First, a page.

Fidel Castro has retired after forty-nine years as President and Commander-in-Chief of the larger-than-life revolutionary island of Cuba. After almost two years as acting President, Raul Castro was elected his successor and is now the custodian of the world’s most famous revolution.
Fidel Castro is a hard act to follow. He came of age at a time in history when the world was full of giants and today, he stands as one of the last of the true greats. His almost supernatural ability as a thinker, tactician and revolutionary has assured him a place in history alongside those of the greatest military and political tacticians of all time, and it is this legacy that must fill any successor with dread at the mere thought of having to walk in the shadow or footsteps of such a titan.
Last year, I posed the question of who may be a likely successor to Fidel to two of Cuba’s leading luminaries, Dr. Ricardo Alarcon, President of the National Assembly, and Dr. Fernando Heredia, founder of the Cuban Communist Party. Both were dismissive of the implication that the Revolution could not survive without Fidel and suggested that the people’s confidence was in the elected body of the National Assembly and not the individual. Perhaps it is the confidence in this knowledge that made the Assembly boldly elect Raul as President, for, at 76 years of age, he too may encounter issues with his health half-way through his term of office and may need to prematurely step aside.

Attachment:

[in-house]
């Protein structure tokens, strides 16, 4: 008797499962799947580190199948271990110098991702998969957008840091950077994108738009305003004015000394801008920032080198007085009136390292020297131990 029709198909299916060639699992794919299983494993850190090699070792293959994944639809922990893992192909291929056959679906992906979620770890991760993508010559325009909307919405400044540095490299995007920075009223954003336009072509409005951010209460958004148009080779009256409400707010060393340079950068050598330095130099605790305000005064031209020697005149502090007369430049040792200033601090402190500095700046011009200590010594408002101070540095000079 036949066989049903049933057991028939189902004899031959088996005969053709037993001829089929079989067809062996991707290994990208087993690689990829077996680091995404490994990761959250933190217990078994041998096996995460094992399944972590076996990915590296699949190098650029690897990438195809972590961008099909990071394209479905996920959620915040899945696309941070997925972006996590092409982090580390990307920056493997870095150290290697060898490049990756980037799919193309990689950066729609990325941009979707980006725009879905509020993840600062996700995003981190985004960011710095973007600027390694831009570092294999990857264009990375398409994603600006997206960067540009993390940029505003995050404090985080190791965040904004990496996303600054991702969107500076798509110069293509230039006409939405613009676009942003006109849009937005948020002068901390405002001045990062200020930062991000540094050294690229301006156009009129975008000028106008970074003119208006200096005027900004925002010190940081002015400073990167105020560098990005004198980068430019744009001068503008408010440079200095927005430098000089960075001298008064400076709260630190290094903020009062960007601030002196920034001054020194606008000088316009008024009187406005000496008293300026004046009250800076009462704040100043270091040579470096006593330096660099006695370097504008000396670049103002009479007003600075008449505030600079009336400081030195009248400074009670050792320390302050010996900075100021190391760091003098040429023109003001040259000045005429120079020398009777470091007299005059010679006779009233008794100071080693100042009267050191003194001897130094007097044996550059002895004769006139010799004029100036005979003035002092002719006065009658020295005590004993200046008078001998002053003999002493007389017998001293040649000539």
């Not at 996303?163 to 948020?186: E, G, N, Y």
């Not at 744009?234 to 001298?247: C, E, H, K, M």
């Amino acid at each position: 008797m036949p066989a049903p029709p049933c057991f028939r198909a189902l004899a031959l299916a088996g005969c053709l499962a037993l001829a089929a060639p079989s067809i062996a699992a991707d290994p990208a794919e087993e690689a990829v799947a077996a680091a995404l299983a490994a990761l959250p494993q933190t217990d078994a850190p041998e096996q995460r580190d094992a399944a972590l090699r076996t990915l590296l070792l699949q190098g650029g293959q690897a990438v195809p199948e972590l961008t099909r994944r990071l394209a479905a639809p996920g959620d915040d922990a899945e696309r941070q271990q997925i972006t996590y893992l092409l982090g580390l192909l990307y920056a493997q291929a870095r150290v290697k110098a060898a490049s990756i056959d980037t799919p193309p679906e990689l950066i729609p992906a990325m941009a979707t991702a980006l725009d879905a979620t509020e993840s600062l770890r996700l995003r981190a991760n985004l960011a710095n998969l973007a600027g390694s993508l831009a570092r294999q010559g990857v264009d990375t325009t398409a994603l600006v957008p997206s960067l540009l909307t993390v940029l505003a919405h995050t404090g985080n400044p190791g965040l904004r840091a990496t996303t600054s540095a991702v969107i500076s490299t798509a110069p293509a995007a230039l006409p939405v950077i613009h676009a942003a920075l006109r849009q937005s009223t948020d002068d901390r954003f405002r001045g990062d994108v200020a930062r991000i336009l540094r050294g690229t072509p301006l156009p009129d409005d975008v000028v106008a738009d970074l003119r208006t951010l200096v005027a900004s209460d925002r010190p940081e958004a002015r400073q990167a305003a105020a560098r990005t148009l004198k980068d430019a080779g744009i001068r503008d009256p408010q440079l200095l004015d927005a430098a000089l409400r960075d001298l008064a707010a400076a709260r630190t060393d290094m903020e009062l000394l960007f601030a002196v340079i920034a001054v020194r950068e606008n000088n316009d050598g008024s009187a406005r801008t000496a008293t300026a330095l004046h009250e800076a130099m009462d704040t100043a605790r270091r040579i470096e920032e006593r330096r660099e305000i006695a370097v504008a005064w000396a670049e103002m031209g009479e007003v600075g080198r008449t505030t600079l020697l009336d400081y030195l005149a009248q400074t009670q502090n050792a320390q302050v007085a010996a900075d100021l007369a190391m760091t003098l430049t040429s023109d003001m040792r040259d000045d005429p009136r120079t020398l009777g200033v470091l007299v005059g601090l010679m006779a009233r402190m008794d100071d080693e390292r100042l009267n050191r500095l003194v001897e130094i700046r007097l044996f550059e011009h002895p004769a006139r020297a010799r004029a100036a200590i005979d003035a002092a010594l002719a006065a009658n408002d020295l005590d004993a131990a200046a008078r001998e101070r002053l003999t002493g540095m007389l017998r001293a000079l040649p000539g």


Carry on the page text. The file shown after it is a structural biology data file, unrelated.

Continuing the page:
Without doubt, the National Assembly is full of capable and aspiring Fidelistas ready and prepared to keep the revolution on course. There are many foreground players who are all forerunners for a future presidency; there is Felipe Perez Roque, the young Foreign Minister,
Carlos Lage, the economist, the verbacious Ricardo Alarcon and many more aspirants. In my mind, these are just a few of the names we should keep a look-out for.
Besides the gossip of who has the top job or who may one day get it, one thing is certain; young people want change. The ubiquitous talk of travel and improved salaries saturate the bars and baseball fields throughout the Island. This is not to say that people want to see an end to the Revolution. Most people I have met in Cuba, both young and old, remain loyal and committed to the ideals of the Revolution; they merely want to see improvements to their lives. As one youth once aptly informed me, “In Cuba, we have the best health system in the world, but I am young and never sick. In Cuba, we have the best education in the world, but I am now educated, what next?” Answering these questions alongside the desire for travel, improved transportation, and higher salaries will be the next challenge for the Revolution and whomsoever’s face is on it.
Ishmahil Blagrove, Jr.